Agenda Item No
The Vale of Glamorgan Council
Cabinet Meeting: 06 October, 2014
Report of the Cabinet Member for Children's Services
School Performance Report 2013/14 for end of Foundation Phase, Key Stage 2 and Key Stage 3 and an overview of the Literacy and Numeracy Assessments
Purpose of the Report
1. To inform members of pupil attainment and school performance outcomes..
1. That members note pupil attainment and school performance outcomes.
2. That the report is referred to Scrutiny [Lifelong Learning] for consideration.
Reasons for the Recommendations
1. To ensure members are aware of the attainment of pupils and the performance of schools in 2013/14.
2. To ensure Scrutiny Members consider the report.
2. Statutory end of Key Stage Teacher Assessment (TA) is administered at the end of the Foundation Phase, Key Stage 2 and Key Stage 3, when pupils are aged 7, 11 and 14 years old respectively.
3. The national minimum expectations for pupils at the end of the Foundation Phase and Key Stages 2 and 3 are as follows: Outcome 5 at the end of the Foundation Phase, Level 4 at the end of Key Stage 2 and Level 5 at the end of Key Stage 3.
4. Additionally, expectations for more able pupils at the end of each phase are as follows: Outcome 6 at the end of the Foundation Phase, Level 5 at the end of Key Stage 2 and Levels 6 and 7 at the end of Key Stage 3.
5. The Vale of Glamorgan Council's ambition is that educational outcomes in the Vale are the best in Wales and match those of the most successful authorities in England with similar socio economic profiles and to ensure that all schools' performance is benchmarked in the high or highest benchmarking positions when compared to similar authorities, in relation to educational outcomes at the foundation phase and key stages 2 and 3 it is not feasible to make comparison with outcomes in England.
6. In general, the Vale of Glamorgan is advantaged in terms of socio-economic deprivation. The proportion of pupils entitled to receive free school meals (FSM) is used as a proxy indicator of socio-economic deprivation. In 2013 -14 the Vale ranked 6th lowest overall for the proportion of pupils entitled to receive free school meals (4th lowest at primary level & 6th lowest at secondary level) i.e. it is relatively advantaged. These findings indicate that the aggregated performance of Vale schools should be significantly higher than for Wales as a whole and always rank in the 6 highest performing local Authorities (LAs), as a minimum expectation.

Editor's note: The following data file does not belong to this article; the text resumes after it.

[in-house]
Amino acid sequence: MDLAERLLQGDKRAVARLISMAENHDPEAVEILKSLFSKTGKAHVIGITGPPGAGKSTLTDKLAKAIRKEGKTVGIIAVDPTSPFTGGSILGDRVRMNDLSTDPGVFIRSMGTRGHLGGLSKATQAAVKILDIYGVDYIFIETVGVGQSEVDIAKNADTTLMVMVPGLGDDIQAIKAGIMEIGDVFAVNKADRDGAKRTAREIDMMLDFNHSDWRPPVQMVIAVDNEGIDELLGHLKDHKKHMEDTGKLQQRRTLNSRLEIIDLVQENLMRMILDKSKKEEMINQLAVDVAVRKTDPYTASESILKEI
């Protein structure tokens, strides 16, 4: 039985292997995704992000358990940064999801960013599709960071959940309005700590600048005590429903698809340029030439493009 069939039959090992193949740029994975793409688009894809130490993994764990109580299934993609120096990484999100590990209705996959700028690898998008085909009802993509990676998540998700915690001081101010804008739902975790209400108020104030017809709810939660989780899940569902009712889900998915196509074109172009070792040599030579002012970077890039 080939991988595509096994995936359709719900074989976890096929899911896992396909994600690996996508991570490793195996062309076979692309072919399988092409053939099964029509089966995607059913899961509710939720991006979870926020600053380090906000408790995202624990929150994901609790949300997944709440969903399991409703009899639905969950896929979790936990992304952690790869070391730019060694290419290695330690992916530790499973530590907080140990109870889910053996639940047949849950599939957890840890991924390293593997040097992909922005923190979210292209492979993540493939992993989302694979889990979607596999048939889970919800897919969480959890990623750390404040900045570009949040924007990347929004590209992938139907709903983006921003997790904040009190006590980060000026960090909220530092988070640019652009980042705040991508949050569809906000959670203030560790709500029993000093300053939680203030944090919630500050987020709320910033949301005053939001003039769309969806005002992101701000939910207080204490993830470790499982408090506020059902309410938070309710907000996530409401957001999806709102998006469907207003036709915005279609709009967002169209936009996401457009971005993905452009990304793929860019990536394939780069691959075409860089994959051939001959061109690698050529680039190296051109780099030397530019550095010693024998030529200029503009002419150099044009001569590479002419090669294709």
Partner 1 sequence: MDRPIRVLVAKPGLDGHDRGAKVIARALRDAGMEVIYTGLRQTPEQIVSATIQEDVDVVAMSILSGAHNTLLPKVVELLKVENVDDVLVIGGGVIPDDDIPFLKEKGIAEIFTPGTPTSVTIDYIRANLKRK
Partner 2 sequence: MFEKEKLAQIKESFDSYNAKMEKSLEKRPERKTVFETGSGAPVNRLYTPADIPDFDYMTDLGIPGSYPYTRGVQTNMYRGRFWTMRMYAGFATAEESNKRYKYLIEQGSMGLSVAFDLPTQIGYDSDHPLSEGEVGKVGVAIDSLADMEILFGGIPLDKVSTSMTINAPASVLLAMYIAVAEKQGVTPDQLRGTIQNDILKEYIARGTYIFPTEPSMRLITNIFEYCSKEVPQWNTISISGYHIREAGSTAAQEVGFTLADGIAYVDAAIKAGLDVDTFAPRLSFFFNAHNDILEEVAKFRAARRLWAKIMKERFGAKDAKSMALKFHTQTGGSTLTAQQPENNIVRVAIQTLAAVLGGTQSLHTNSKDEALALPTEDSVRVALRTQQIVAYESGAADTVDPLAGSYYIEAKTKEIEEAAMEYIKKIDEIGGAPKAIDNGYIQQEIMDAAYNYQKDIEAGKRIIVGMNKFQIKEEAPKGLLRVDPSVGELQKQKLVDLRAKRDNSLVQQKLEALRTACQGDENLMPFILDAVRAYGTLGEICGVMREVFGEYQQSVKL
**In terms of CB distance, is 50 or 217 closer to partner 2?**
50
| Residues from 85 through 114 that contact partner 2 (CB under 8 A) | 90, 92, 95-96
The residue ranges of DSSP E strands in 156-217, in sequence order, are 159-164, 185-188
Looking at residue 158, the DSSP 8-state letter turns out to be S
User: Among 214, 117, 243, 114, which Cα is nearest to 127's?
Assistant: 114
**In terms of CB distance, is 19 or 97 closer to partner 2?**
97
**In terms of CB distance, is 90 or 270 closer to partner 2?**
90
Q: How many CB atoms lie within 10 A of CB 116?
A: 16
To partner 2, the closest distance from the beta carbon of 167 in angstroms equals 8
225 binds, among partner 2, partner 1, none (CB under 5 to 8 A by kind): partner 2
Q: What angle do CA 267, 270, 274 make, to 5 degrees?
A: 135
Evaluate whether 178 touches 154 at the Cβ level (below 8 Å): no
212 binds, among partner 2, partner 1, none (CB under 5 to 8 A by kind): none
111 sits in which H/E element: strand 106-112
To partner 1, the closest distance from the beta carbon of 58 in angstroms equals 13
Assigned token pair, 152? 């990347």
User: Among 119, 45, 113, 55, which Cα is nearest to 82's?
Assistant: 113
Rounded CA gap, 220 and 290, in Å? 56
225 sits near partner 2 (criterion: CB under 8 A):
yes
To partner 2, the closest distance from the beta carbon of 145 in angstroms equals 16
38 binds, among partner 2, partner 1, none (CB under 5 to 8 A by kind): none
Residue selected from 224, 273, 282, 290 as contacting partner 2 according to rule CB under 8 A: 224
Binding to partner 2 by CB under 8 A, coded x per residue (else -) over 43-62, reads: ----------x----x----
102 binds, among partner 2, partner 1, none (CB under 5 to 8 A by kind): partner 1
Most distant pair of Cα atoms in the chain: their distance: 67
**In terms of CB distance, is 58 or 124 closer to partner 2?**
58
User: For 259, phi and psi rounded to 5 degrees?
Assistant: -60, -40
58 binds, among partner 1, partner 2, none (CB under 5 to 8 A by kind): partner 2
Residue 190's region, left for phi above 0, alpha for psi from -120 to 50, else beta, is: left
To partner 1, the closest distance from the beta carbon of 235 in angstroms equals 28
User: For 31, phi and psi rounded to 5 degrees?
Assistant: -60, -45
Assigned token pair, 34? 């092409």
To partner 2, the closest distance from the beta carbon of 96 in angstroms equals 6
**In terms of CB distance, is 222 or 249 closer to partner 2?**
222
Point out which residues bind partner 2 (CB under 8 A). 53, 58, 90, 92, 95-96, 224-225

Relevant Issues and Options
7. When considering LA performance, the key performance indicators (Pls) for consideration are as follows:
Local Authority (LA) performance compared with the all Wales means and the LA performance compared to the top six highest performing LAs in Wales (Appendix 1);
LA performance trends over time, when compared with the all Wales means and prior performance;
the relative gap in performance between LA means and the all Wales means;
the spot rank position of the performance of the local Authority when compared with LAs across Wales; the spot rank, preferentially, should be in first position or, as a minimum, within the top six highest performing LAs in Wales;
for each indicator in each Phase, the proportion of schools performing in the high or highest benchmarking positions when compared with similar schools and ranked against LAs across Wales.
8. Individual school performance is compared with that of other similar schools and allocated to a 'quartile'. The performance of similar schools is described as being in the highest, high, low or lowest quartile and also as either above or below the median i.e. either in the top 50%, or in the bottom 50%, of similar schools.
9. Estyn places great emphasis on the need to ensure that at least 50% of schools across an LA, for each indicator within each phase, are located in the high or highest benchmarking positions, or above the median.
10. Welsh Government uses this information to rank individual LAs according to the proportion of schools, in each LA, that are located above, or below the median. This is known as the LA School Benchmarking Rank comparative information: this information will be published later this year.
Progress in the Foundation Phase:
Indications are that the standards, at Outcome 5 for all PIs, have continued to improve (Appendix 2)